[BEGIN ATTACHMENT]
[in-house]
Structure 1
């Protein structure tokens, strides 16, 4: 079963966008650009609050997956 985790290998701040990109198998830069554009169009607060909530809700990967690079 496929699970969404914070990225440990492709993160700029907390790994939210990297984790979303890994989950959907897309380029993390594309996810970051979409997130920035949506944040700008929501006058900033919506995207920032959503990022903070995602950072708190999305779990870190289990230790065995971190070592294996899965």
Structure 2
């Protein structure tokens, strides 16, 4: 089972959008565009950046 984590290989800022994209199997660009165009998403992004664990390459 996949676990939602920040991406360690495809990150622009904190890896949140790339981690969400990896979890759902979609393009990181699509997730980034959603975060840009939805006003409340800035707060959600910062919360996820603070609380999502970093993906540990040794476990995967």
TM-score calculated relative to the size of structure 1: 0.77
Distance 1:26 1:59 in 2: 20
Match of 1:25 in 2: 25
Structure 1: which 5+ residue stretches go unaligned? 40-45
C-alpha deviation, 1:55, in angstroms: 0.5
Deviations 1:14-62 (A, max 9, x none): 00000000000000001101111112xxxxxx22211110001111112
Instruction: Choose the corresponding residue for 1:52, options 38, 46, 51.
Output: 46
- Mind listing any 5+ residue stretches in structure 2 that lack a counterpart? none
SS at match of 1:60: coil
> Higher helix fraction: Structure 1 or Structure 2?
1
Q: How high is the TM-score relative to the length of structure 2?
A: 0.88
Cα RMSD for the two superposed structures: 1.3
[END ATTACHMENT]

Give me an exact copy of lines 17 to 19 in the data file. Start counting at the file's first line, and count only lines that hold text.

1
Q: How high is the TM-score relative to the length of structure 2?
A: 0.88